"I see the IPL becoming bigger than the NFL, the NBA, the English Premier League."
The third season of the IPL kicked off yesterday and as befits the most modern of cricket tournaments, I tuned in via YouTube (and ITV4) to see what all the fuss was about. All the hype created around the IPL, mainly by Lalit Modi, suggested that it was going to be the biggest thing since The Beatles. It isn't and as far as I am concerned it is more akin to Kula Shakar then the four moptops from Liverpool.
Firstly, supporters plus the global TV and internet audience had to contend with the opening ceremony, which dragged on for an hour. I don't particularly enjoy opening ceremonies and this wasn't the Olympics or the football World Cup; although doubtless Modi feels he can surpass both.
But what about the cricket? The opening match saw the reigning champions, Deccan Chargers, taking on the perenniel underachievers, the Kolkata Knight Riders in Mumbai. Given that this was a 'home' match for Deccan (security concerns mean that they can't play in Hyderabad), the fact that the ground was 70% full is not too bad I suppose. Although I would guess that the first games of the season for the New Orleans Saints and Manchester United would be sold out long before the actual game.
I actually enjoyed some of the cricket. It was good to see Chaminda Vaas show that T20 isn't just about batsmen hitting boundaries by taking two wickets in the first over. I also enjoyed the unbroken 131 partnership between Owais Shah, who surely will be in England's World T20 squad, and Angelo Matthews, which saw the Knight Riders post a competitive 161/4. It was also good to see Adam Gilchrist teeing off - especially as it wasn't against England. But overall the game was a bit of a damp squib with Deccan throwing the game away after the lightning start provided by Gilchrist and VVS Laxman.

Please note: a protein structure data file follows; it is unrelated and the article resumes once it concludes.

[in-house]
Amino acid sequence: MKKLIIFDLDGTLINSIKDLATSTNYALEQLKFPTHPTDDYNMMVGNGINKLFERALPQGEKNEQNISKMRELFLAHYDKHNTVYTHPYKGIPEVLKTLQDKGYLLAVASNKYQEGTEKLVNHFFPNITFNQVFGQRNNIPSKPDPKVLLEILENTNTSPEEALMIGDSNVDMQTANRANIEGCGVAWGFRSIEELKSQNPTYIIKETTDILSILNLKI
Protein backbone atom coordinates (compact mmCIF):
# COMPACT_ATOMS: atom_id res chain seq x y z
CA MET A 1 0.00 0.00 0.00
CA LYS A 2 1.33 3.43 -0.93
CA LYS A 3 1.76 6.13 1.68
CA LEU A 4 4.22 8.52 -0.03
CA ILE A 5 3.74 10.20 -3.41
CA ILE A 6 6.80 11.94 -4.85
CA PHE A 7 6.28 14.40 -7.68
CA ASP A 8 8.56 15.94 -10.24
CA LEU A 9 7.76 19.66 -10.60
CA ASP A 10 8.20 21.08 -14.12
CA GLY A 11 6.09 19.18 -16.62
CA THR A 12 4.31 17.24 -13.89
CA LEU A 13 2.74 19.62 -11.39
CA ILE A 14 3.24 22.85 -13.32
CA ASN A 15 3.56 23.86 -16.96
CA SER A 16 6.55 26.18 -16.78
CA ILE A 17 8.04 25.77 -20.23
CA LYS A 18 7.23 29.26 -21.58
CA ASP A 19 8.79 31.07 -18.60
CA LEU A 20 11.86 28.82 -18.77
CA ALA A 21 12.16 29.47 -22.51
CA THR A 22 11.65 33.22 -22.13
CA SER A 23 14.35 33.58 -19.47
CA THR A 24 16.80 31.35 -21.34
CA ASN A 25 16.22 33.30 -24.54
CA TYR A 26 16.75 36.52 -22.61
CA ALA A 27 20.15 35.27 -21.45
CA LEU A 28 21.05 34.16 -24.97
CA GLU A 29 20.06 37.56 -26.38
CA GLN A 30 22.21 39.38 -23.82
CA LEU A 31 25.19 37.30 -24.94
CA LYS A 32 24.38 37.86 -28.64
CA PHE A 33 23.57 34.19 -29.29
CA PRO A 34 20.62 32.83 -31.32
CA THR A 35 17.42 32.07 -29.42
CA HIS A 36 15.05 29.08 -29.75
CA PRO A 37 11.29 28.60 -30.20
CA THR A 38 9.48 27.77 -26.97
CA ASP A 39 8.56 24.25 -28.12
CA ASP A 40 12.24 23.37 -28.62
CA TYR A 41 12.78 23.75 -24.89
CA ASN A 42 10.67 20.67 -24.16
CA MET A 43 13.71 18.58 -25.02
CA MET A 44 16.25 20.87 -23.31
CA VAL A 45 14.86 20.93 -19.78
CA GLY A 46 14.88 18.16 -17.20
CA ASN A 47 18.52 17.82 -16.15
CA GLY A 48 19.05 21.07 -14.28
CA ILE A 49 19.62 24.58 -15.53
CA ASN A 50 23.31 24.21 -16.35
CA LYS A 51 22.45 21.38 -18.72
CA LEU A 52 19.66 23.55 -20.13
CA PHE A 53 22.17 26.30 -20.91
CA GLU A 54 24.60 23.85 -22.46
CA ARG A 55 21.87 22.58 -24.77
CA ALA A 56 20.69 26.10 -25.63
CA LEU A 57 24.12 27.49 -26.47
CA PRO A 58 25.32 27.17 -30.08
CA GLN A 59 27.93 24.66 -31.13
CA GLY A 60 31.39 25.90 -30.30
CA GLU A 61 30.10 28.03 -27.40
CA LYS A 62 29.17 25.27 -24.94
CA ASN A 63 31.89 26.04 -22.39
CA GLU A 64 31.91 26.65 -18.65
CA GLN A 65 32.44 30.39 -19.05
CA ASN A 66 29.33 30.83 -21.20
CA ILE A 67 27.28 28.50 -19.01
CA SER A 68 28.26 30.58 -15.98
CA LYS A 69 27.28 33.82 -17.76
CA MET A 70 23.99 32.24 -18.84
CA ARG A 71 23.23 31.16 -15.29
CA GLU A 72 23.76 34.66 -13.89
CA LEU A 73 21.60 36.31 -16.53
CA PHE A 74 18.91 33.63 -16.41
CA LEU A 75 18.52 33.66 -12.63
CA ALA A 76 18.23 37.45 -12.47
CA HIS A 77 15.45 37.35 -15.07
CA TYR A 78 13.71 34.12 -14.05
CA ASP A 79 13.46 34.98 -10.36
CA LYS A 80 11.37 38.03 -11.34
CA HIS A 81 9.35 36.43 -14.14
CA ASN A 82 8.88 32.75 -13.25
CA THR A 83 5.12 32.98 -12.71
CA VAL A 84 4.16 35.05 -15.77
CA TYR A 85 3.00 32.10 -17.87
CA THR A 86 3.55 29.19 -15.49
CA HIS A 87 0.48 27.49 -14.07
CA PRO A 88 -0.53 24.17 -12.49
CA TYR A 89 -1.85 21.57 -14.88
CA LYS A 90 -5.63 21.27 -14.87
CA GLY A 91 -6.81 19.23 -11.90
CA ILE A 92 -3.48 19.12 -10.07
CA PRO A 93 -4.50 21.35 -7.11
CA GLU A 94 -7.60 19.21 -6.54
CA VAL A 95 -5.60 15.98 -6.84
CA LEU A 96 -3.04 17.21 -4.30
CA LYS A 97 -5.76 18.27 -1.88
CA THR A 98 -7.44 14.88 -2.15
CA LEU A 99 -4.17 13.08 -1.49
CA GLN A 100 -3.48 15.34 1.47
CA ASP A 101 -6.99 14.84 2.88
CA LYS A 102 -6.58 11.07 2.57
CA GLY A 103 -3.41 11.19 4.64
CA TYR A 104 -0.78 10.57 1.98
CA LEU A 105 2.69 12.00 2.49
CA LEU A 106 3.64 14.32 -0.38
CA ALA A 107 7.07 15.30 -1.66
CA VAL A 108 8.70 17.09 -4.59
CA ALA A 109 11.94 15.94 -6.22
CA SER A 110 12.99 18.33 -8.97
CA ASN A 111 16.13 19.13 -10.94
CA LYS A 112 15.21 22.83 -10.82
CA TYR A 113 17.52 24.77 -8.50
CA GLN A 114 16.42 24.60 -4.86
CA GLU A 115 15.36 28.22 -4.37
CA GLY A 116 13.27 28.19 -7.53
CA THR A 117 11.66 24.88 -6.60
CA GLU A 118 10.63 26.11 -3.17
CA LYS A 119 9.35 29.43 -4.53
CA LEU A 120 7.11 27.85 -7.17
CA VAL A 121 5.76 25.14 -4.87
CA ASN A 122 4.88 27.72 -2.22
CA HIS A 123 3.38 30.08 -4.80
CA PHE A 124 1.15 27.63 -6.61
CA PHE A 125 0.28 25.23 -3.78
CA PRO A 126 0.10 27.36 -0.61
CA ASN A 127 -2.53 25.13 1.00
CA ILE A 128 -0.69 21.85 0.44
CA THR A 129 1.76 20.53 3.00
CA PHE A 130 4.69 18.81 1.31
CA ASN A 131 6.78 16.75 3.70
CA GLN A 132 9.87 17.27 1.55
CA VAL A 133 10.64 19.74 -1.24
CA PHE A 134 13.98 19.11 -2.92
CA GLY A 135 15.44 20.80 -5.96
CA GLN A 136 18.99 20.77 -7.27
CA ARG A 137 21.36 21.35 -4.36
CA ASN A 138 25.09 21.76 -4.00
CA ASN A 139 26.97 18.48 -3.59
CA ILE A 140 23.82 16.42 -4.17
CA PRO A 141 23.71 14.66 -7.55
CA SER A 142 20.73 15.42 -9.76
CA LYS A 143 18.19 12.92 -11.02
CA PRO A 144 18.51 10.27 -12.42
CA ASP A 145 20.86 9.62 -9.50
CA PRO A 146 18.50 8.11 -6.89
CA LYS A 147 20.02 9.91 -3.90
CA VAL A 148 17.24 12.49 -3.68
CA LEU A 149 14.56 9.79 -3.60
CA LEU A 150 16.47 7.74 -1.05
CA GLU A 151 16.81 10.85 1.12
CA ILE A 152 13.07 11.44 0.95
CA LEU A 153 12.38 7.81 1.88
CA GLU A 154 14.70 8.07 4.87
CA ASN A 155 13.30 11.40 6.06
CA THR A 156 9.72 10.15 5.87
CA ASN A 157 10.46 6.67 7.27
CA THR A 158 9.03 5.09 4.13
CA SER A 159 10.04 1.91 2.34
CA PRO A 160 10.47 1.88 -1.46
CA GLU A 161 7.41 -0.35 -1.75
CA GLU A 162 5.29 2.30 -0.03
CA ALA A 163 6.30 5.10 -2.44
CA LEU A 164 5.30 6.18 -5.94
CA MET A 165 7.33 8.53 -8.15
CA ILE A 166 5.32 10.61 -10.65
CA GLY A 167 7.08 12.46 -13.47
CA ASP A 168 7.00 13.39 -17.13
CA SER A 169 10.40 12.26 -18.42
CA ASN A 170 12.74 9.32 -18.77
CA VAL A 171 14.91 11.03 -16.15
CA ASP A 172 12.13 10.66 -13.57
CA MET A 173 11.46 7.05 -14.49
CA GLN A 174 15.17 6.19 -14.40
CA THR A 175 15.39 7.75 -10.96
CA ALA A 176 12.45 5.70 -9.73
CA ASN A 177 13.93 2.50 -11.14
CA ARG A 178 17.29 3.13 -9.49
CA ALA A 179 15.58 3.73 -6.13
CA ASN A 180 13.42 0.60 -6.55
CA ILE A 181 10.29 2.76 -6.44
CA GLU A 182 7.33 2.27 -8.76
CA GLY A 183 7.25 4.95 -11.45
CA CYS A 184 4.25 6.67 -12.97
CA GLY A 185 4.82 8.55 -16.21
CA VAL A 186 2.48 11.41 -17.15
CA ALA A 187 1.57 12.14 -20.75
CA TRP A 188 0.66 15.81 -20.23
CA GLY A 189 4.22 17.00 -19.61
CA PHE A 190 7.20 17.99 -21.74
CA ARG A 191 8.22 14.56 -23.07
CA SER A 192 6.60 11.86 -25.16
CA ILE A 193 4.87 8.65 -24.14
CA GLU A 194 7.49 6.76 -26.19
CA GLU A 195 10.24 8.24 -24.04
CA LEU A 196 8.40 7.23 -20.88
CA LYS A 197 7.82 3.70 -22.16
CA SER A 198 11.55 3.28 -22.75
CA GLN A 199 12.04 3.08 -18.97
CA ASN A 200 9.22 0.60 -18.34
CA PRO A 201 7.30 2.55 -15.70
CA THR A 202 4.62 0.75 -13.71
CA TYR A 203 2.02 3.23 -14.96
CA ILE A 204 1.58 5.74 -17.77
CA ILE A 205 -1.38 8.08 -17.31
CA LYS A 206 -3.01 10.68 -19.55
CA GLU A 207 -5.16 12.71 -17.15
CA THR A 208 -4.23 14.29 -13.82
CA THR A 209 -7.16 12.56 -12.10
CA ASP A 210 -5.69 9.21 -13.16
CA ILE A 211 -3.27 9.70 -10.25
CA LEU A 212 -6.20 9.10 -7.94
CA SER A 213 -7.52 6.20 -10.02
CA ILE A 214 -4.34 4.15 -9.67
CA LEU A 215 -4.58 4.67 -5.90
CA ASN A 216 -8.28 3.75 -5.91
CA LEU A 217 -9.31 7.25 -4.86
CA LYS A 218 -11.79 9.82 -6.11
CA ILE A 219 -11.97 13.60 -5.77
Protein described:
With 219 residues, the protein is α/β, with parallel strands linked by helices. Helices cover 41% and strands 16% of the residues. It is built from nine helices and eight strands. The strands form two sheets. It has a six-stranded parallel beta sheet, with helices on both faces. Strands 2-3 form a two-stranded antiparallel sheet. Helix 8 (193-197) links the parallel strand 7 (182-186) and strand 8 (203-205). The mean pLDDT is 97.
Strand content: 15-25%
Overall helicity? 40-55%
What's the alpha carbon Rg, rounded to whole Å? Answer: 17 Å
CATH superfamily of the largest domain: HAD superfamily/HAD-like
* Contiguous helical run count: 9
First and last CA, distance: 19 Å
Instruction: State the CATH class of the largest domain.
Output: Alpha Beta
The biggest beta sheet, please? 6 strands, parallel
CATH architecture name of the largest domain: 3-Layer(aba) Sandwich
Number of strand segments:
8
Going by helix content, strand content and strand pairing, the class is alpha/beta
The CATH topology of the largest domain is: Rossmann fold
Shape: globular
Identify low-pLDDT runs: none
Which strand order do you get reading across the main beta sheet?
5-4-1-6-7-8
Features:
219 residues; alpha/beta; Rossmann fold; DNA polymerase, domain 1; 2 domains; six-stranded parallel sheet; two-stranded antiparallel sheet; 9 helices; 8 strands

As my first experience of the IPL, I'd say it was ok but not great. I can understand why the tournament is big news in India where the combination of bollywood razzmatazz, clever marketing and the participation of India's biggest cricket stars makes it an appetising proposition in cricket's biggest market. But as for Modi's global ambitions, I just can't see it competing successfully with the international game over a long period; the Champions League seems the best chance of doing that.
Modi reminds me of Tony James, the bass player in Sigue Sigue Sputnik. James created a hype around the band that enabled them to score a massive deal from EMI and masses of press coverage before they had released a record. When they finally did, Love Missile F1-11 was propelled to the top of the charts. Then everyone realised that Sputnik were not the second coming and their fall was as dramatic as their rise. Will the same happen to the IPL?
I will continue to tune in especially to the matches of my adopted team, the Delhi Daredevils, but my overall impression is that test cricket is not as in danger as I thought. Perhaps I should add a caveat to that though given the boredom that is the 2nd day between Bangladesh and England so far zzzzz.
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